We cross the autonomous region of Andalusia in southern Spain on our outward journey to La Herradura, our place to stay for the next few months on the Costa Tropical. The province of Almería is one of the eight Andalusian provinces, bordering the province of Granada, as well as the Murcia region and the Mediterranean Sea
An impressive experience opened up. So far only seen in press pictures and documentaries
Our path leads along what feels like an infinity and in the middle of the notorious mar del plástico (plastic sea) of Almeria. Over 360 square kilometres – the world’s largest concentration of intensive cultivation. Three million tonnes of fruit and vegetables are produced here in greenhouses every year
80 % of Spanish vegetable exports ensure that we in northern and central Europe are supplied with fresh tomatoes, cucumbers, peppers and aubergines, among other things, all year round. Cheaper than all the other vegetables on our shelves.
The amount of rainfall here is the lowest in all of Spain and Desierto de Tabernas is the only desert on the European continent.
Around 3000 hours of sunshine and an average temperature of 27°C in summer and 15°C in winter allow harvests at times of the year when in Central Europe the seeds are barely sown
On the south coast, a strong westerly wind blows on about 100 days. Food grapes were grown here until the 1960s. The wind made further vegetable cultivation difficult. There was little protection behind walls and fences.
Only when the vine structure, built with posts and wires, was covered with plastic did stable structures develop that could withstand stronger winds.
In the 1980s, water pumps were finally used on a large scale and plastic sheds were erected
The high water consumption in agriculture also affects the water reserves in the province. The groundwater, which is fed from fossil water reserves in the Sierra Nevada and from underground rivers from a depth of 100 metres, has declined sharply in recent decades and is now also salinised. This is despite the fact that water consumption has decreased from 240,000 hl to 70,000 hl since the 1980s – while the area has increased threefold.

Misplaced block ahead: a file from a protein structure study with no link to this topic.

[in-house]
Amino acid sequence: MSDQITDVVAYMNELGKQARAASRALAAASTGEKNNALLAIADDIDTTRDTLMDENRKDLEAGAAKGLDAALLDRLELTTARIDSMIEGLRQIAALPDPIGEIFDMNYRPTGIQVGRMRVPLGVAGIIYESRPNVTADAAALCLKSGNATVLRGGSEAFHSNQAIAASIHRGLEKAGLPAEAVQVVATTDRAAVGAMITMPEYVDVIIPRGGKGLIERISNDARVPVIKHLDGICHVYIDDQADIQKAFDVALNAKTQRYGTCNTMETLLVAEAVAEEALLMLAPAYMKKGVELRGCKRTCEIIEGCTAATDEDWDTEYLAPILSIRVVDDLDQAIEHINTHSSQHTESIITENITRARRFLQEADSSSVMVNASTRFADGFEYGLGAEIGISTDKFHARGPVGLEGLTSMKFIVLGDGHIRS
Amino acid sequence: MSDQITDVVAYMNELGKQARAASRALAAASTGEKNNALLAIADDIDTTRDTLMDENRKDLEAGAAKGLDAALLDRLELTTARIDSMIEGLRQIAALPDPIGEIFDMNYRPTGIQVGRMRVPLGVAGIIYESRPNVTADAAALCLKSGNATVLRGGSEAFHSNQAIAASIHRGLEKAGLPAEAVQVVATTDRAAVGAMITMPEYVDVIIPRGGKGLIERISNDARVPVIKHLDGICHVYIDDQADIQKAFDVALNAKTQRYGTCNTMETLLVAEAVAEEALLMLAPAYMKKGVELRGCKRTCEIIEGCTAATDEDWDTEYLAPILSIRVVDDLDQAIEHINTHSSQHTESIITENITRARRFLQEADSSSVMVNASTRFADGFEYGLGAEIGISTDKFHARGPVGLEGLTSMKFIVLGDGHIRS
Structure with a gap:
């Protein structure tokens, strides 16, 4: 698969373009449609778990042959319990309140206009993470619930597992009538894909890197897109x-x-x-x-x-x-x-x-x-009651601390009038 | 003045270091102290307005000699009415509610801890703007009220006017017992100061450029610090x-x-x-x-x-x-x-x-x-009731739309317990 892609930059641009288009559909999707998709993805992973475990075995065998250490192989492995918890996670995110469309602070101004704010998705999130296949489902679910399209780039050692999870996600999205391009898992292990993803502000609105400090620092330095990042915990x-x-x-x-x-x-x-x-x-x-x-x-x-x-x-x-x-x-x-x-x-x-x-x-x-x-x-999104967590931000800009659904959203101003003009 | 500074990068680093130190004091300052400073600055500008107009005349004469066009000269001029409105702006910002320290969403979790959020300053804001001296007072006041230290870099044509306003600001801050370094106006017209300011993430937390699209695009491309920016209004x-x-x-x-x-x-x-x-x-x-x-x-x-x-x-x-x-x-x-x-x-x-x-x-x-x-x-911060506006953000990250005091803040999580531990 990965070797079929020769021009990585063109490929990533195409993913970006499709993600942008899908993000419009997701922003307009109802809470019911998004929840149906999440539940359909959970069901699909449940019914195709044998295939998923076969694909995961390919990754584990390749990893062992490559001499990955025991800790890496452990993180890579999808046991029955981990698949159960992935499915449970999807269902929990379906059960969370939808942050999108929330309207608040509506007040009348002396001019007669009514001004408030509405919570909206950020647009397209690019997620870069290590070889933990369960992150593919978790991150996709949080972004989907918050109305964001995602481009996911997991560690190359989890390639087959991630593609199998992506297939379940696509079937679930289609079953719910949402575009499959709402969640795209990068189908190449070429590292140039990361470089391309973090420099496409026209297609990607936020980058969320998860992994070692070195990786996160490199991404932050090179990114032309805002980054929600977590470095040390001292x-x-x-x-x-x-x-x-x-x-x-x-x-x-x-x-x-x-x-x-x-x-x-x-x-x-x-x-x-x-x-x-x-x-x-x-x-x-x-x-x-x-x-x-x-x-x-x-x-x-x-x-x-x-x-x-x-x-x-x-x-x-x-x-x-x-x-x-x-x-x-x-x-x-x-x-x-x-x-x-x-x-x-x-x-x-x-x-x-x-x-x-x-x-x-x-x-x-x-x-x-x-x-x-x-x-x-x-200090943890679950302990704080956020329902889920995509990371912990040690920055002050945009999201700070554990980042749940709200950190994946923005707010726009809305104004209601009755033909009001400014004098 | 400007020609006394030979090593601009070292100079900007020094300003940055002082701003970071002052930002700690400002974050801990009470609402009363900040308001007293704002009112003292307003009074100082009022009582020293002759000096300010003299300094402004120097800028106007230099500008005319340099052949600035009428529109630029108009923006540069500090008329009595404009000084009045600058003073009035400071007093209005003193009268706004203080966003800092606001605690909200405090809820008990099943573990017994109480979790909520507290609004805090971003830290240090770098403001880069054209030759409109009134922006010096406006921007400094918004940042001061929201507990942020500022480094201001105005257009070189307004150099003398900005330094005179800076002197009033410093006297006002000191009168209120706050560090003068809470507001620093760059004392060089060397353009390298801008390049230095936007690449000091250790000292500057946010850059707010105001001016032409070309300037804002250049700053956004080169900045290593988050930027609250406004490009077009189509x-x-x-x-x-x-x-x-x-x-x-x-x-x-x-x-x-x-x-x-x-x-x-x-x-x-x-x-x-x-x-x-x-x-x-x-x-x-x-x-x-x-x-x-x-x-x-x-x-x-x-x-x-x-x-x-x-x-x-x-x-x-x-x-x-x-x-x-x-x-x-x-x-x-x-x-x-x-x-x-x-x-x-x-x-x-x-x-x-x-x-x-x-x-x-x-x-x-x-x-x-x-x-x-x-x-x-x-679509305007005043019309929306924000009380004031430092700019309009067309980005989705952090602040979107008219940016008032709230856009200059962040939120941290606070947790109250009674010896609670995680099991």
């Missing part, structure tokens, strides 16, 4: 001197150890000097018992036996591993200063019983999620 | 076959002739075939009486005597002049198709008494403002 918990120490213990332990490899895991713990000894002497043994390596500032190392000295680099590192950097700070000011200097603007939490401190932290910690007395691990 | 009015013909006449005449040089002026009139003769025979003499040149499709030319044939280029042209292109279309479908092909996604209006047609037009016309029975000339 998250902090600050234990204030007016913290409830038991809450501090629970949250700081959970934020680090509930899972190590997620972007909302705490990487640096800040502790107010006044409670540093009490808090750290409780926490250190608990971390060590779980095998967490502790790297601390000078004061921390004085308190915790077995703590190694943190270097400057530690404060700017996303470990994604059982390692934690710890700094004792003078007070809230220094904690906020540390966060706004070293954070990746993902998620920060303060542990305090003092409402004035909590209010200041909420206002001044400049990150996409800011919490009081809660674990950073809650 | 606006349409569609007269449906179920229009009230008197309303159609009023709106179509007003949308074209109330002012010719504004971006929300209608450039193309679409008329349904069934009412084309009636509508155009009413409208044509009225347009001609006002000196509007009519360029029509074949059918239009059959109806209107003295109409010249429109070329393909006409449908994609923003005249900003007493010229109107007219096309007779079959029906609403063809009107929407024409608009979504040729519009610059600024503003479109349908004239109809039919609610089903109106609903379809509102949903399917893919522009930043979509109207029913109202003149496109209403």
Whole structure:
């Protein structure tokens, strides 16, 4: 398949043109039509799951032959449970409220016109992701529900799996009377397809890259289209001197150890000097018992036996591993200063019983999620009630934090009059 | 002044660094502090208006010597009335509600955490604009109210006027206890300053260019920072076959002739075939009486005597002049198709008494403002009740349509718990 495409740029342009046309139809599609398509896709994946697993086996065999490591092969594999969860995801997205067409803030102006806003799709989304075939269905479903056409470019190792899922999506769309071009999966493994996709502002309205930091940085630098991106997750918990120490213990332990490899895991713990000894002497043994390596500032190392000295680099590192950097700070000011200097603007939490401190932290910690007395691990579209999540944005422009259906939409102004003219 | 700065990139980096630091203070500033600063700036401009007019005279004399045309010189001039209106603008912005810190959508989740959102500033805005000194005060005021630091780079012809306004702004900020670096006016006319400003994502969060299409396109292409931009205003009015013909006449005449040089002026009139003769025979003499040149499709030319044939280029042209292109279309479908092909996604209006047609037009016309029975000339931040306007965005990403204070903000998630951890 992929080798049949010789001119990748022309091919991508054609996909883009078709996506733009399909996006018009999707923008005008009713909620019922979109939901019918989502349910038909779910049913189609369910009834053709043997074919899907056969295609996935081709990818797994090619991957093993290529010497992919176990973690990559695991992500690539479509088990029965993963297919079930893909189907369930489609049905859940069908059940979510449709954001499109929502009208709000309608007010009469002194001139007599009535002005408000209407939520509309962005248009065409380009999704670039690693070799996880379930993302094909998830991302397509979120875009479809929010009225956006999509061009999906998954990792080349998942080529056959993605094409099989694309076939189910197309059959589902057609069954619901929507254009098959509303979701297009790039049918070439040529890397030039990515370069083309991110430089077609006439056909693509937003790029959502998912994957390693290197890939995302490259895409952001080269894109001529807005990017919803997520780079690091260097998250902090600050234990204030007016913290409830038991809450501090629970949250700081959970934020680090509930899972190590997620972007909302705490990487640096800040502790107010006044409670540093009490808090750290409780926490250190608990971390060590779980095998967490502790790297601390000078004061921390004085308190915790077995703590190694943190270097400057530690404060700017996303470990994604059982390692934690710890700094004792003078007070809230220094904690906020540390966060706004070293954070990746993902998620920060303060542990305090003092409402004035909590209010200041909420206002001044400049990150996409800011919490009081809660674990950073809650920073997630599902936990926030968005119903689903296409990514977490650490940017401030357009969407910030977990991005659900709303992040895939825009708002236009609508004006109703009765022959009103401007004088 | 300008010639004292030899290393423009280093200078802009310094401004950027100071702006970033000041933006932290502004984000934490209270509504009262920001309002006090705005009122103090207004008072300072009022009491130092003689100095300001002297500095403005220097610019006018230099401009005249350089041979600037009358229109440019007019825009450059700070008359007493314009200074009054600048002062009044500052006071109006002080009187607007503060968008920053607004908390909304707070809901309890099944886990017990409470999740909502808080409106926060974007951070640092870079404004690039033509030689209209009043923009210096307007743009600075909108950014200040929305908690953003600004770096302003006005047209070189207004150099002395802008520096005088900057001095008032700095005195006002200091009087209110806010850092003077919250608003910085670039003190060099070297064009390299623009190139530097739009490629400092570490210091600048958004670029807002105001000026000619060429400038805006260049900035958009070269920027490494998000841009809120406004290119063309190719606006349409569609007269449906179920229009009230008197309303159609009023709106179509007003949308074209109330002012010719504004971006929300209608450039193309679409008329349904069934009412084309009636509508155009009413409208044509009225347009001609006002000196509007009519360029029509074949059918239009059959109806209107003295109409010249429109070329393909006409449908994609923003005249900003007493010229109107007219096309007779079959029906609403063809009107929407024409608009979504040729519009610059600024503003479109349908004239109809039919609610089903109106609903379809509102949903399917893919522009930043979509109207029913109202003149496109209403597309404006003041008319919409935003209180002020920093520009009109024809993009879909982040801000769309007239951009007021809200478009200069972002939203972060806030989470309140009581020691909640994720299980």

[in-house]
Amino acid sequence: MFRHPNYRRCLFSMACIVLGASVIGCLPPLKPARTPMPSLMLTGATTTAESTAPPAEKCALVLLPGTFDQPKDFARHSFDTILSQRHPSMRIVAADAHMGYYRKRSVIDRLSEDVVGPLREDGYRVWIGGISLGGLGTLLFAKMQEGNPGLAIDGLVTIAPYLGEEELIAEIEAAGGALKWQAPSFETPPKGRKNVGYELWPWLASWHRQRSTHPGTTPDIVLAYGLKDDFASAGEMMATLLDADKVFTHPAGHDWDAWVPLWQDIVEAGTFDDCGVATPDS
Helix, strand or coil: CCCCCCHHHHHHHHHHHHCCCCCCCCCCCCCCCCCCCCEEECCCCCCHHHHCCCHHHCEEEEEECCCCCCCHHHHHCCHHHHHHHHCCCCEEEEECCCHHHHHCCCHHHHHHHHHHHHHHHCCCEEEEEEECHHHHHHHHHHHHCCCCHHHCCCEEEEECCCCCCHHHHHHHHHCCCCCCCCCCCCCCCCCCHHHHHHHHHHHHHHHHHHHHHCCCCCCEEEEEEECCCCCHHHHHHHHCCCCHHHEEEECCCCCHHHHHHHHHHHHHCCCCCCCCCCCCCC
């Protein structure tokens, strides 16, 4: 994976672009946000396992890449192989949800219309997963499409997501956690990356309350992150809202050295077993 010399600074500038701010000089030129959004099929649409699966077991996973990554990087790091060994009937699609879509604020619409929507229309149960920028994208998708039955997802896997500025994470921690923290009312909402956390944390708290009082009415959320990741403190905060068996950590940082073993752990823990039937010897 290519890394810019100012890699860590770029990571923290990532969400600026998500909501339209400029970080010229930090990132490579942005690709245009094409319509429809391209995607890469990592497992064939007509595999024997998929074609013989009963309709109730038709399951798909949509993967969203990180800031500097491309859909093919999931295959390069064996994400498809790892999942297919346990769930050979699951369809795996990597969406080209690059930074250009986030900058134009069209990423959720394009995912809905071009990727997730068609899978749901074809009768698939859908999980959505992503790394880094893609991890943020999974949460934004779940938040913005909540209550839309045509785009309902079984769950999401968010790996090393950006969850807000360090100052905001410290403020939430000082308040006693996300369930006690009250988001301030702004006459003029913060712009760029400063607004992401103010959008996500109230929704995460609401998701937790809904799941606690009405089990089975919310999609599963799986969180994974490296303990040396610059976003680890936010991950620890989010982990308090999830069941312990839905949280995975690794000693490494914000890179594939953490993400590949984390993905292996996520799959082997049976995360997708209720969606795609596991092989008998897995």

By means of drip irrigation, hydroponics, rainwater basins and sand with which the planting soil is covered, closed water cycles are created that drastically reduce consumption. Anything else would mean economic ruin for the growers, as the purchase of water is a major cost for the growers
The construction of desalination plants to obtain seawater for irrigation – there are over 900 such plants throughout Spain – could alleviate the situation. But since freshwater extraction from the sea is extremely energy-intensive and Europe’s sunshine room, for whatever reason, does not yet rely on solar energy, this makes water very expensive. Despite all efforts, the annual water deficit is around 50 hectocubic metres per year.
About 80 000 people earn their living in the region,
30 000 of them are immigrants, mainly harvest workers. At first, the workers came mainly from Morocco and sub-Saharan Africa, later also from Ecuador, Romania or Bulgaria.
The situation of the North African migrants, who mostly work illegally in inhumane living conditions and for dumping wages (far below the minimum wage of 35 euros per day) due to their uncertain legal situation, is particularly criticised. There is often talk of slave labour.
Because of the great price pressure from large distributors in Central Europe, there is also little money to be made for producers. Small farmers have not been able to cover their costs for a long time.
In the past, the plant was heavily contaminated with pesticides, which the migrants spread without any protection. Today, according to the producers, 90% of the crops are grown organically. By importing bumblebees as pollinators and imported insects (e.g. Orius laevigatus) as pest controllers, the use of pesticides is largely dispensed with. The organic method is 40% cheaper than the traditional one – this convinced the producers to change.
Despite all this, agricultural chemicals are used in the large monocultures that require intensive fertilisation. Nitrate levels in drinking water are twice the EU limit.
The mainly cultivated longlive tomato appears shiny red fresh on our shelves even three weeks after its harvest. The hard skin delays the rotting time. In one experiment, seen in a YouTube film, a tomato fell unharmed from a height of five metres onto a concrete floor. These could become dangerous projectiles during a demonstration.
I am looking forward to travelling on to Herradura, to the Finca Baobab, where Anja and Charlie maintain their diverse vegetable garden in the shade of fruit trees – similar to a permaculture system, enlivened by birds and insects, fertilised with compost from plant waste and the house’s own donkey dung. Even they cannot escape the problem of water scarcity.